A classic Croft 3 project

If necessity is the mother of invention then collecting crap is the father of mad ideas!

The loss of the community polytunnel this winter really set us back – we had made full use of that the last two years getting a head start on seedlings using it as a greenhouse, putting in a permanent patch of strawberries which thrive under plastic and growing crops such as tomatoes, chillies and peppers which you can only really grow under glass or plastic in this country and extending the growing season with things like salad and herbs. Not having that space this year, particularly when spring has been such a long time coming was a real blow.

Classic Rum politics and the slow decision making process has meant that a proper decision about quite what to do about the polytunnel next is yet to be made. Infact we have slowed that up ourselves as when we went to measure the area to get the plastic ordered we realised that there has been more damage sustained in 3 winters of high winds than just the plastic and the whole frame is shaky and bent. It probably needs to be dug out and re-sited somewhere more suitable in a different orientation than north south bracing a steep hill…

We have been pondering ways to make cold frames, a mini greenhouse or something similar. I had even started drawing up plans for a geodesic dome as we had the scavenged plastic from the ill fated polytunnel, ripped in many places, stretched, damaged and irregular in shape. Then we went to Harris beach for Ady’s birthday and a very long stretch of black plastic pipe that we had been eyeing up for about 2 years but never worked out how to get back to the croft was finally retrieved by Ady’s genius idea to take a saw with us and cut it into sections short enough to put on the car roof.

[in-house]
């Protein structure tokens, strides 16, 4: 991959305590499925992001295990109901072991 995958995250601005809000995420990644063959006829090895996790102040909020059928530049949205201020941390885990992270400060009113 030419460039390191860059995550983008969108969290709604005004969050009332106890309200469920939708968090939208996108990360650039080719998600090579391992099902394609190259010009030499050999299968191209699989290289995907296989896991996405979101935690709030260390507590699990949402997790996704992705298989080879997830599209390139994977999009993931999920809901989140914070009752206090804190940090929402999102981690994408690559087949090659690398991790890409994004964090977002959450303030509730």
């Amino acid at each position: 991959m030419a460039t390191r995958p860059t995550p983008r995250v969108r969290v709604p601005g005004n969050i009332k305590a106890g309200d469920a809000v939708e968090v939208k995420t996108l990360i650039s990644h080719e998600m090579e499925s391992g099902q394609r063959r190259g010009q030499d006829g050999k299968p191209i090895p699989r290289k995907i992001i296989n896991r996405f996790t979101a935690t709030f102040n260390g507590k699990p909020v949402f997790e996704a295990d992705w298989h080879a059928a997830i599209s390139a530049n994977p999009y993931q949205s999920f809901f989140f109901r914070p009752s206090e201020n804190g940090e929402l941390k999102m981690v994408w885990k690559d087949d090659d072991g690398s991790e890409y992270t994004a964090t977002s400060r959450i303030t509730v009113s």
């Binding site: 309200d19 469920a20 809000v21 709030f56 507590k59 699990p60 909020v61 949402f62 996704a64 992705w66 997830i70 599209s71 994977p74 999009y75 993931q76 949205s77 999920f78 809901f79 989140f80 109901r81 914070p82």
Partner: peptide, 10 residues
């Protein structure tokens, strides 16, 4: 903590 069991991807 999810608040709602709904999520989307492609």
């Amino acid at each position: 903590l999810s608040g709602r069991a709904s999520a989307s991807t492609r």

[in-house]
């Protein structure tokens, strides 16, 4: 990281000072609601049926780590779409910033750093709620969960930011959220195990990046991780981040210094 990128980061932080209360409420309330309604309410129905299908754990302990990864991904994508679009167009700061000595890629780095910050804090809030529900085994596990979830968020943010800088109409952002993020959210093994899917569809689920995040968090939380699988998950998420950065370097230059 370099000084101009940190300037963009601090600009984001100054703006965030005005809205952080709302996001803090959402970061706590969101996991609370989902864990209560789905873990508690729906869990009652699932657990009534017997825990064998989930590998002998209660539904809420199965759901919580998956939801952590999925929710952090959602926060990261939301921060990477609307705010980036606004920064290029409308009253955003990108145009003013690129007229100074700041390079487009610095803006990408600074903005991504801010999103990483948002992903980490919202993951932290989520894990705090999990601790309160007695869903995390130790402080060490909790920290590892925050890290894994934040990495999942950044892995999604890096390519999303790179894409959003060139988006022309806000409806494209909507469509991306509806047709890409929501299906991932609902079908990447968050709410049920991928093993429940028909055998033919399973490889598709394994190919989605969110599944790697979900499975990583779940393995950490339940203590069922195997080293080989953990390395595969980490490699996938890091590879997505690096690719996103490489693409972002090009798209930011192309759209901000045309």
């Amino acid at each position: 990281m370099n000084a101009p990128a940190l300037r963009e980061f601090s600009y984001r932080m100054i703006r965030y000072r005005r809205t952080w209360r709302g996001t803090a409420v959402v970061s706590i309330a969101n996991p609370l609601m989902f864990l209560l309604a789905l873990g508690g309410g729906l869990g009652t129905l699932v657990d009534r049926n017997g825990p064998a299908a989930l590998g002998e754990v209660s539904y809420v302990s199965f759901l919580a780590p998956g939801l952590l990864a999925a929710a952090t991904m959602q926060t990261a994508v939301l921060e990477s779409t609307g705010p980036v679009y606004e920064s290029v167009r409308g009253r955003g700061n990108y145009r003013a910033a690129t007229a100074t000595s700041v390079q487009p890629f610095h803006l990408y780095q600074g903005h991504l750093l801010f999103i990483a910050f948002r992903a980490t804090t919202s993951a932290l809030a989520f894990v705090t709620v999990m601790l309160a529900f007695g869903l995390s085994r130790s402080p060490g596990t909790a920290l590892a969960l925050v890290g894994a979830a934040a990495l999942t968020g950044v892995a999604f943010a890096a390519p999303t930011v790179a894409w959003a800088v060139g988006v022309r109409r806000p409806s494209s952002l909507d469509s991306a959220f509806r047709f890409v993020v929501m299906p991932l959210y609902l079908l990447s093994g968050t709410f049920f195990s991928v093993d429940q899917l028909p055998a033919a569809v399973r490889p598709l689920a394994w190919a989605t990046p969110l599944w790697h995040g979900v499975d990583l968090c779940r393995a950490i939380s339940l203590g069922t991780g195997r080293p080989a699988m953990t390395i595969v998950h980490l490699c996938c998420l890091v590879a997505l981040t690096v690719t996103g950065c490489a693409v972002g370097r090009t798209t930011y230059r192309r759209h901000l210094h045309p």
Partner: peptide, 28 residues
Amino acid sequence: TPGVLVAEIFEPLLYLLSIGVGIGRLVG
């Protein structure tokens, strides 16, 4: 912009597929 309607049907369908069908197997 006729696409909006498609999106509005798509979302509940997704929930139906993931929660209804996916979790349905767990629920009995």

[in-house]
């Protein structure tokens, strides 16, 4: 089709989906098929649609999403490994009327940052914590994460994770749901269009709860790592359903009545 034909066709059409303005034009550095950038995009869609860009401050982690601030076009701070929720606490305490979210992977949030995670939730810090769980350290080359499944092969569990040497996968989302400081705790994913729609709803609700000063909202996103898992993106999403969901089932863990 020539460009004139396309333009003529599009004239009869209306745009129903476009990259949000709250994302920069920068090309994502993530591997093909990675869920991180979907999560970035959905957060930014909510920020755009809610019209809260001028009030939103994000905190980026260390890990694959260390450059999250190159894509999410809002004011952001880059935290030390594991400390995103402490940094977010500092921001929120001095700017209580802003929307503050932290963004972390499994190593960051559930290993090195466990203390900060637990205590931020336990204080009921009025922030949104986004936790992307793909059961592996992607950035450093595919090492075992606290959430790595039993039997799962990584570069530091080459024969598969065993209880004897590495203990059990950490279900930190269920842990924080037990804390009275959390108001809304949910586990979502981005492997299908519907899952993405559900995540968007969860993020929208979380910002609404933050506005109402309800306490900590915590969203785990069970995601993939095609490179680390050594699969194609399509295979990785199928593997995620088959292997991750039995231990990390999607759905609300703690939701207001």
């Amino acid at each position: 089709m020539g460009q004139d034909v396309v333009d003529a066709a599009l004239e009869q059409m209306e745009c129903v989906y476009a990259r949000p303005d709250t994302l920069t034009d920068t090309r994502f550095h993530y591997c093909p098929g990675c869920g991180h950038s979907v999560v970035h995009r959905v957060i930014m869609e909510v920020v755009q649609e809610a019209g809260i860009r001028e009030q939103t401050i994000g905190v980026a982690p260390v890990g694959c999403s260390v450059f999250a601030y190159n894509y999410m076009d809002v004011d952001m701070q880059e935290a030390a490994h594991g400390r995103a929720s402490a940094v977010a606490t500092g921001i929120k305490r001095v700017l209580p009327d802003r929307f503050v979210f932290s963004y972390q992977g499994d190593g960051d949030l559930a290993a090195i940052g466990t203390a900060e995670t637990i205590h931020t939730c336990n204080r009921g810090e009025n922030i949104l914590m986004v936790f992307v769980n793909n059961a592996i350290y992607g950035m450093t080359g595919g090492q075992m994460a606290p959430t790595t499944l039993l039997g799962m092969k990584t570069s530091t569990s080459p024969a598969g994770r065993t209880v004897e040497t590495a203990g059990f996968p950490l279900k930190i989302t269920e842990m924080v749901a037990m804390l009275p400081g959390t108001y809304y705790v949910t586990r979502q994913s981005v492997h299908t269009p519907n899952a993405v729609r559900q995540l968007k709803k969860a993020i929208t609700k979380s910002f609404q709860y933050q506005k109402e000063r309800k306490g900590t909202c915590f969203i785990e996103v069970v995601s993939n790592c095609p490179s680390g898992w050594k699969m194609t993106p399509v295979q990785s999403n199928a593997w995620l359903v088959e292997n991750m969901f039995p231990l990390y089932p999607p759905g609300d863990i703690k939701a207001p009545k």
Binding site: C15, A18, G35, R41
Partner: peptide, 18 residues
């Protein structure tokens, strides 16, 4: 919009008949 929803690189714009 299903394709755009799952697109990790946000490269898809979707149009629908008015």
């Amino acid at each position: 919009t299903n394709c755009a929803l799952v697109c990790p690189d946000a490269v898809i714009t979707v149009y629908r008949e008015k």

Ady spent ages working out how to construct a polytunnel using the tube as the basis with several failed attempts, lots of swearing and plenty of nails, screws and scrap wood being used but finally he had a frame he was happy with and stood up to the standard Croft 3 test of ‘can I lean really hard on it with all my weight and wobble it without it falling over’ – this tried and tested method has been developed over several years of bitter experience and thinking ‘it’ll be fine’ about things which have proved very much not fine in the high winds we get here. Using it has ensured our pig pen, bird pen and cob pizza oven base have stood the test of time though so it is now our standard requirement for all things remotely permanent or structural.


Also in our usual manner the frame has now stood for several weeks waiting for it to not be windy or raining or us to be distracted by other things. Ady did try and cover it on his own in a sort of patchwork style with various bits of plastic but it really didn’t work. So I waded in (in my customary manner) and decreed that it needed to be one single expanse of plastic. We didn’t have one single piece of plastic large enough but we selected the largest and closed off one panel with wood. We’ll also have a few small panels which will need to be separate to the main plastic. Which is fine. So today we finally got to it, armed with screws, bits and pieces of wood, the drill, some polytunnel repair tape and some kicking tunes to listen to and we made this happen:


Tomorrow we’ll fill in the gaps – two sections will need plastic covered panels, one area needs more wood and we need to fashion something to cover the doorway. Then we’ll create a U shaped raised bed around the sides with a path down the middle. We’ll plant some permanent crops, like those strawberries transplanted from the community polytunnel once they have finished fruiting and use the rest of the beds for crop rotation. We’ll put in shelving to start off seeds to transplant into the raised beds and herb spiral each year. Hopefully by the end of the month it will all be finished and ready to make the most of this year’s late start to the season.

Scavenged waste materials, found and reclaimned resources, repurposed and recycled stuff. All put to good use here on Croft 3. Further photos and updates to follow as progress is made.

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